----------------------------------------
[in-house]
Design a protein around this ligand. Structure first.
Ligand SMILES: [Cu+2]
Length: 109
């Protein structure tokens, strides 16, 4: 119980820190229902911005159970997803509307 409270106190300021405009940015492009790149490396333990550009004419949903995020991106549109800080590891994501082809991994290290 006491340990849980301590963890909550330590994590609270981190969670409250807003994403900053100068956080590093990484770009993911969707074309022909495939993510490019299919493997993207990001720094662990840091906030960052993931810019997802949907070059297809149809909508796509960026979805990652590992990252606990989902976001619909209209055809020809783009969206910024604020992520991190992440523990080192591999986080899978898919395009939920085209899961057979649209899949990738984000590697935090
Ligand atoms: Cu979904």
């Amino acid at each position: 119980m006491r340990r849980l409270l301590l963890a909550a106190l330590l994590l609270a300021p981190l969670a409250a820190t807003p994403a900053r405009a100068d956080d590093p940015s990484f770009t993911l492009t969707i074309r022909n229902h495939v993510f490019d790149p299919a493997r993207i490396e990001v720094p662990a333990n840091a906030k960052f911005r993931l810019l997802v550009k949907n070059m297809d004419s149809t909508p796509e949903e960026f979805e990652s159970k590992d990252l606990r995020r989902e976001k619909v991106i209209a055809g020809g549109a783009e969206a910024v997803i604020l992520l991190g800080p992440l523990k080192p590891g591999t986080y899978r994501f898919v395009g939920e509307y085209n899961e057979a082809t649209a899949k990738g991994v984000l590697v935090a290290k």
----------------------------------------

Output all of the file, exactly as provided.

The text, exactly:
[in-house]
Design a protein around this ligand. Structure first.
Ligand SMILES: [Cu+2]
Length: 109
């Protein structure tokens, strides 16, 4: 119980820190229902911005159970997803509307 409270106190300021405009940015492009790149490396333990550009004419949903995020991106549109800080590891994501082809991994290290 006491340990849980301590963890909550330590994590609270981190969670409250807003994403900053100068956080590093990484770009993911969707074309022909495939993510490019299919493997993207990001720094662990840091906030960052993931810019997802949907070059297809149809909508796509960026979805990652590992990252606990989902976001619909209209055809020809783009969206910024604020992520991190992440523990080192591999986080899978898919395009939920085209899961057979649209899949990738984000590697935090
Ligand atoms: Cu979904």
């Amino acid at each position: 119980m006491r340990r849980l409270l301590l963890a909550a106190l330590l994590l609270a300021p981190l969670a409250a820190t807003p994403a900053r405009a100068d956080d590093p940015s990484f770009t993911l492009t969707i074309r022909n229902h495939v993510f490019d790149p299919a493997r993207i490396e990001v720094p662990a333990n840091a906030k960052f911005r993931l810019l997802v550009k949907n070059m297809d004419s149809t909508p796509e949903e960026f979805e990652s159970k590992d990252l606990r995020r989902e976001k619909v991106i209209a055809g020809g549109a783009e969206a910024v997803i604020l992520l991190g800080p992440l523990k080192p590891g591999t986080y899978r994501f898919v395009g939920e509307y085209n899961e057979a082809t649209a899949k990738g991994v984000l590697v935090a290290k």